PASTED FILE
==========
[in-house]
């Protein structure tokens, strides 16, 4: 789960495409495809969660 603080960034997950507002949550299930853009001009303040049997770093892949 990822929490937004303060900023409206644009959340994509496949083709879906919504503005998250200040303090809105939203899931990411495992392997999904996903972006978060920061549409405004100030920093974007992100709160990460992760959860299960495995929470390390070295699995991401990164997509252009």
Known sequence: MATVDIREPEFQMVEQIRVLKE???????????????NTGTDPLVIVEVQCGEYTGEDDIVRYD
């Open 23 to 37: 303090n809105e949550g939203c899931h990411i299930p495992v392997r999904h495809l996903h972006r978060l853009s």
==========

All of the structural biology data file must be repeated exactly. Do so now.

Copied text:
[in-house]
């Protein structure tokens, strides 16, 4: 789960495409495809969660 603080960034997950507002949550299930853009001009303040049997770093892949 990822929490937004303060900023409206644009959340994509496949083709879906919504503005998250200040303090809105939203899931990411495992392997999904996903972006978060920061549409405004100030920093974007992100709160990460992760959860299960495995929470390390070295699995991401990164997509252009």
Known sequence: MATVDIREPEFQMVEQIRVLKE???????????????NTGTDPLVIVEVQCGEYTGEDDIVRYD
């Open 23 to 37: 303090n809105e949550g939203c899931h990411i299930p495992v392997r999904h495809l996903h972006r978060l853009s």